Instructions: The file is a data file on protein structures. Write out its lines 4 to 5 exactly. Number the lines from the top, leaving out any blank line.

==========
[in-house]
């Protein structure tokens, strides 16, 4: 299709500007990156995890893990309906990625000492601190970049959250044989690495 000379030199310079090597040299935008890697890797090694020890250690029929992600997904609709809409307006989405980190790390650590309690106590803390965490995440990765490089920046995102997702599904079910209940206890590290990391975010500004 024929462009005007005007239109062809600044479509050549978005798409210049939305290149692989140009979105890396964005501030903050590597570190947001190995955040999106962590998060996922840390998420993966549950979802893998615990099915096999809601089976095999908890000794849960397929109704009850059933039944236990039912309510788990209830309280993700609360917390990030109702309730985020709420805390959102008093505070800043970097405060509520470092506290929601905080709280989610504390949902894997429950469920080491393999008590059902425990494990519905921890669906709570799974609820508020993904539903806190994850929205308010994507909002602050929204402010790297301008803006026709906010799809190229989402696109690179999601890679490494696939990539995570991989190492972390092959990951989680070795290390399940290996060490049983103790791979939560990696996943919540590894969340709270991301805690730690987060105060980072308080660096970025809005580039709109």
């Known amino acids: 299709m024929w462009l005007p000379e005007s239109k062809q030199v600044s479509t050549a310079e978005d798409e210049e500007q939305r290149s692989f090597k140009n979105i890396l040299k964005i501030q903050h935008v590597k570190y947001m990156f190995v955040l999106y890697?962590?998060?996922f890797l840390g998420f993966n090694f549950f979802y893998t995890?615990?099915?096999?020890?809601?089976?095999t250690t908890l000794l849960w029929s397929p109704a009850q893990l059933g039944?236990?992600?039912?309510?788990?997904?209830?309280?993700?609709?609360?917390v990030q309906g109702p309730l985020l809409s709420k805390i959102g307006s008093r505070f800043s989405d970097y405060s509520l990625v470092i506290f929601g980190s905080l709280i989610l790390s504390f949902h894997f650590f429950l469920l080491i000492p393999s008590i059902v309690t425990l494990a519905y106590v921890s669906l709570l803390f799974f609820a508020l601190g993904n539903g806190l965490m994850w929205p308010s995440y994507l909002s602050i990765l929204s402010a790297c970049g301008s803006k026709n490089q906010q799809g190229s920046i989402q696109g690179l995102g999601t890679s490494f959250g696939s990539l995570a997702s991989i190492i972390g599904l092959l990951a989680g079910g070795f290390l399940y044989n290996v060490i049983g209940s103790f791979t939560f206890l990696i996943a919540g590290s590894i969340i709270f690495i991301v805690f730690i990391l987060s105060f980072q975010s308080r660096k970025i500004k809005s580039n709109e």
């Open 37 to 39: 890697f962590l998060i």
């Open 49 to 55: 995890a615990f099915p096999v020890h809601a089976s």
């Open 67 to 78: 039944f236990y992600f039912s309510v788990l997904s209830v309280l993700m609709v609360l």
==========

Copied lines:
């Open 37 to 39: 890697f962590l998060i």
């Open 49 to 55: 995890a615990f099915p096999v020890h809601a089976s």